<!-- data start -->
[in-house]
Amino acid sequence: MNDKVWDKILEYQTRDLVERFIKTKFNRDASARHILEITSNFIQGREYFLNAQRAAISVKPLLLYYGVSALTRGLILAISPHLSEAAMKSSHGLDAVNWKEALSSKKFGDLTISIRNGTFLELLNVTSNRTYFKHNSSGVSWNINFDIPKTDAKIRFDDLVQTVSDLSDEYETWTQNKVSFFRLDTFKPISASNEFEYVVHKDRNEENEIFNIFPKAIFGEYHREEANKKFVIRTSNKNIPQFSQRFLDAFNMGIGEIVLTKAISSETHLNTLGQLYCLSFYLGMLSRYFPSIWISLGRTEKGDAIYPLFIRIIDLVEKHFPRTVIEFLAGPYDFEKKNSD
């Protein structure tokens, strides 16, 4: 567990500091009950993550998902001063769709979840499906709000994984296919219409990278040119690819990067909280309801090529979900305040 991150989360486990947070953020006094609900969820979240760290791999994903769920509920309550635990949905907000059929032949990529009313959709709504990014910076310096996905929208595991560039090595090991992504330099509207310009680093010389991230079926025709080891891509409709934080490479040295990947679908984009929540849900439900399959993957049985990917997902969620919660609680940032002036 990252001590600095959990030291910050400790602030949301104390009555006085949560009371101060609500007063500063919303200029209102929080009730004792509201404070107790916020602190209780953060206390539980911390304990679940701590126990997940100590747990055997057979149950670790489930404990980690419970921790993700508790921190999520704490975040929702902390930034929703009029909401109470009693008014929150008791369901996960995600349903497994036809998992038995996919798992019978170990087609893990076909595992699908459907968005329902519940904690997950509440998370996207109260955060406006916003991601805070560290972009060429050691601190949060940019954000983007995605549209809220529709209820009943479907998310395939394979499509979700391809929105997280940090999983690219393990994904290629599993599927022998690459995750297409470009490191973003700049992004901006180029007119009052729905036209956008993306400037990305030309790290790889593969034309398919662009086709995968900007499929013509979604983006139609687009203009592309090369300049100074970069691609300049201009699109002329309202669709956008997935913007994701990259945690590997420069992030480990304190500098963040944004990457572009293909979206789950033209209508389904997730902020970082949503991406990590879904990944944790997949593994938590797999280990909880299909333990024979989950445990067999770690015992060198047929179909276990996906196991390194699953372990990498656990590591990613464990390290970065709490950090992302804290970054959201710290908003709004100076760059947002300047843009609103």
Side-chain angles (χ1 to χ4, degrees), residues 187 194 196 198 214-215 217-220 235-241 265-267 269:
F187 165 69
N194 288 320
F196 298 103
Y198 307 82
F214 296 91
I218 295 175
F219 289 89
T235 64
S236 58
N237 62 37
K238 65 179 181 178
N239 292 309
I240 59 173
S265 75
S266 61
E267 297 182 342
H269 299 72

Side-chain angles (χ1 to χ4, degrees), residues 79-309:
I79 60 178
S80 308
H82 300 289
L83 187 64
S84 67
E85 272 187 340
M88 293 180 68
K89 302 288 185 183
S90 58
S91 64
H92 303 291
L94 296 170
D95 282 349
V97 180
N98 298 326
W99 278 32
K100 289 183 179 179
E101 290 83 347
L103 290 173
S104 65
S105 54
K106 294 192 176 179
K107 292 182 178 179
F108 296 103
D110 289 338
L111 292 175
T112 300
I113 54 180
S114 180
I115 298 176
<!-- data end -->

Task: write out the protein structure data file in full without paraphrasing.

[in-house]
Amino acid sequence: MNDKVWDKILEYQTRDLVERFIKTKFNRDASARHILEITSNFIQGREYFLNAQRAAISVKPLLLYYGVSALTRGLILAISPHLSEAAMKSSHGLDAVNWKEALSSKKFGDLTISIRNGTFLELLNVTSNRTYFKHNSSGVSWNINFDIPKTDAKIRFDDLVQTVSDLSDEYETWTQNKVSFFRLDTFKPISASNEFEYVVHKDRNEENEIFNIFPKAIFGEYHREEANKKFVIRTSNKNIPQFSQRFLDAFNMGIGEIVLTKAISSETHLNTLGQLYCLSFYLGMLSRYFPSIWISLGRTEKGDAIYPLFIRIIDLVEKHFPRTVIEFLAGPYDFEKKNSD
């Protein structure tokens, strides 16, 4: 567990500091009950993550998902001063769709979840499906709000994984296919219409990278040119690819990067909280309801090529979900305040 991150989360486990947070953020006094609900969820979240760290791999994903769920509920309550635990949905907000059929032949990529009313959709709504990014910076310096996905929208595991560039090595090991992504330099509207310009680093010389991230079926025709080891891509409709934080490479040295990947679908984009929540849900439900399959993957049985990917997902969620919660609680940032002036 990252001590600095959990030291910050400790602030949301104390009555006085949560009371101060609500007063500063919303200029209102929080009730004792509201404070107790916020602190209780953060206390539980911390304990679940701590126990997940100590747990055997057979149950670790489930404990980690419970921790993700508790921190999520704490975040929702902390930034929703009029909401109470009693008014929150008791369901996960995600349903497994036809998992038995996919798992019978170990087609893990076909595992699908459907968005329902519940904690997950509440998370996207109260955060406006916003991601805070560290972009060429050691601190949060940019954000983007995605549209809220529709209820009943479907998310395939394979499509979700391809929105997280940090999983690219393990994904290629599993599927022998690459995750297409470009490191973003700049992004901006180029007119009052729905036209956008993306400037990305030309790290790889593969034309398919662009086709995968900007499929013509979604983006139609687009203009592309090369300049100074970069691609300049201009699109002329309202669709956008997935913007994701990259945690590997420069992030480990304190500098963040944004990457572009293909979206789950033209209508389904997730902020970082949503991406990590879904990944944790997949593994938590797999280990909880299909333990024979989950445990067999770690015992060198047929179909276990996906196991390194699953372990990498656990590591990613464990390290970065709490950090992302804290970054959201710290908003709004100076760059947002300047843009609103």
Side-chain angles (χ1 to χ4, degrees), residues 187 194 196 198 214-215 217-220 235-241 265-267 269:
F187 165 69
N194 288 320
F196 298 103
Y198 307 82
F214 296 91
I218 295 175
F219 289 89
T235 64
S236 58
N237 62 37
K238 65 179 181 178
N239 292 309
I240 59 173
S265 75
S266 61
E267 297 182 342
H269 299 72

Side-chain angles (χ1 to χ4, degrees), residues 79-309:
I79 60 178
S80 308
H82 300 289
L83 187 64
S84 67
E85 272 187 340
M88 293 180 68
K89 302 288 185 183
S90 58
S91 64
H92 303 291
L94 296 170
D95 282 349
V97 180
N98 298 326
W99 278 32
K100 289 183 179 179
E101 290 83 347
L103 290 173
S104 65
S105 54
K106 294 192 176 179
K107 292 182 178 179
F108 296 103
D110 289 338
L111 292 175
T112 300
I113 54 180
S114 180
I115 298 176